"Hadramauti"



:

1887



(notes by Philip Holberton)

the poem
[July 11th 2017]

Publication

The last verse of this poem was first used as a heading to "A Friend's Friend" in the Civil and Military Gazette on May 2nd 1887. It is listed as no. 259 in ORG. The complete poem is collected in :
  • Songs from Books (1912)
  • Inclusive Verse (1919)
  • Definitive Verse (1940)
  • Sussex Edition Vol. 1 p. 351 and Vol. 34 p. 55
  • Burwash Edition Vols 1 and 27
  • Cambridge Edition (2013 Ed. Pinney) p. 711
The poem

Kipling used the last verse as the heading to "A Friend's Friend" in Plain Tales from the Hills. which is about a stranger who behaves shamefully badly. There, the first sentence is a question to the main speaker: “Wherefore slew you the stranger?”. As collected, this is very slightly changed. The whole poem is spoken by one voice, who questions himself: “Wherefore slew I that stranger?”

In the story, the narrator and his friends take their revenge upon the visiting “stranger”, who is last seen wrapped up in sixty feet of red cloth, in a bullock-cart. 'Perhaps he died and was thrown into the river'. But the narrator still wants to get even with the man who passed the stranger on to him: 'I want Tranter of the Bombay side, dead or alive. But dead for preference'.


Notes on the Text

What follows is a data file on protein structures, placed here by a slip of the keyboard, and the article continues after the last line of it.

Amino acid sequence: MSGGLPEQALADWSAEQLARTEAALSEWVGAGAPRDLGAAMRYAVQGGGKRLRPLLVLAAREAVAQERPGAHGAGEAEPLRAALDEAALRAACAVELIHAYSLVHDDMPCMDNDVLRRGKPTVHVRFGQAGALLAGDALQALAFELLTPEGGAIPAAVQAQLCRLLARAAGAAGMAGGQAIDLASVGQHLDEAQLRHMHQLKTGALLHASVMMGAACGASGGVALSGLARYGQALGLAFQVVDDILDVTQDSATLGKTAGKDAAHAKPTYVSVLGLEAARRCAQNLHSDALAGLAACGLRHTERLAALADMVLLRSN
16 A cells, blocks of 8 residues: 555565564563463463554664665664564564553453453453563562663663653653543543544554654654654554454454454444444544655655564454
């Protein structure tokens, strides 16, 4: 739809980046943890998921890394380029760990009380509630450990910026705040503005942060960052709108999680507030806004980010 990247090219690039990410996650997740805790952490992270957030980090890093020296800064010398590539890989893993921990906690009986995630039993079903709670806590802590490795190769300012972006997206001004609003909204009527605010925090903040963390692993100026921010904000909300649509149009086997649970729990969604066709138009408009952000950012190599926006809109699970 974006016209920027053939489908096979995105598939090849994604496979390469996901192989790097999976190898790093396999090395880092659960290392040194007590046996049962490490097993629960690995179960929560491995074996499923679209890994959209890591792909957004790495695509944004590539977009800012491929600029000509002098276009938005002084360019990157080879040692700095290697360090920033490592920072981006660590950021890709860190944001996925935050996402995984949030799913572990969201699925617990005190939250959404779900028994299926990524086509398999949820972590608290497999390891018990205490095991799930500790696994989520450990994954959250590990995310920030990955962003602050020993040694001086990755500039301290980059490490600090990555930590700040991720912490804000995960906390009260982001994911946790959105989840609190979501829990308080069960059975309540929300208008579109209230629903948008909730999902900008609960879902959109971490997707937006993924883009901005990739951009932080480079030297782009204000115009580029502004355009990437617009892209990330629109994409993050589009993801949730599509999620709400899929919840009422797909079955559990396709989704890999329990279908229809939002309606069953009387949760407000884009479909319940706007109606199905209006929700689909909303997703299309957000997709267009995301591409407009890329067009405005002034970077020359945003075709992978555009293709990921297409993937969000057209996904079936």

[Title]

Hadramauti means an inhabitant of the Hadramaut, on the south coast of Arabia, now part of Yemen. The speaker has the fierce outlook of an Arab from the desert, and his personal honour is vital to him. He is a Muslim and cannot understand “the Christian.”

[Verse 2]

he enters all places booted everyone should take off their shoes on entering a mosque

bareheaded in many Muslim countries women are obliged to cover their heads in public.

the household whom we reckon nameless an Arab would not talk about family members hidden in purdah.

[Verse 3]

The Avenger of Blood on his track the stranger is involved in a blood feud.

Eblis the Devil in Islam.

[Verse 6]

I gave him rice and goat’s flesh normally sharing food makes a bond between host and guest. The stranger’s behaviour is so disgraceful that the speaker’s need to avenge the dishonour is stronger than the bond – though he does wait till the stranger has left his house before he kills him.


[P.H.]

© Philip Holberton 2017 All rights reserved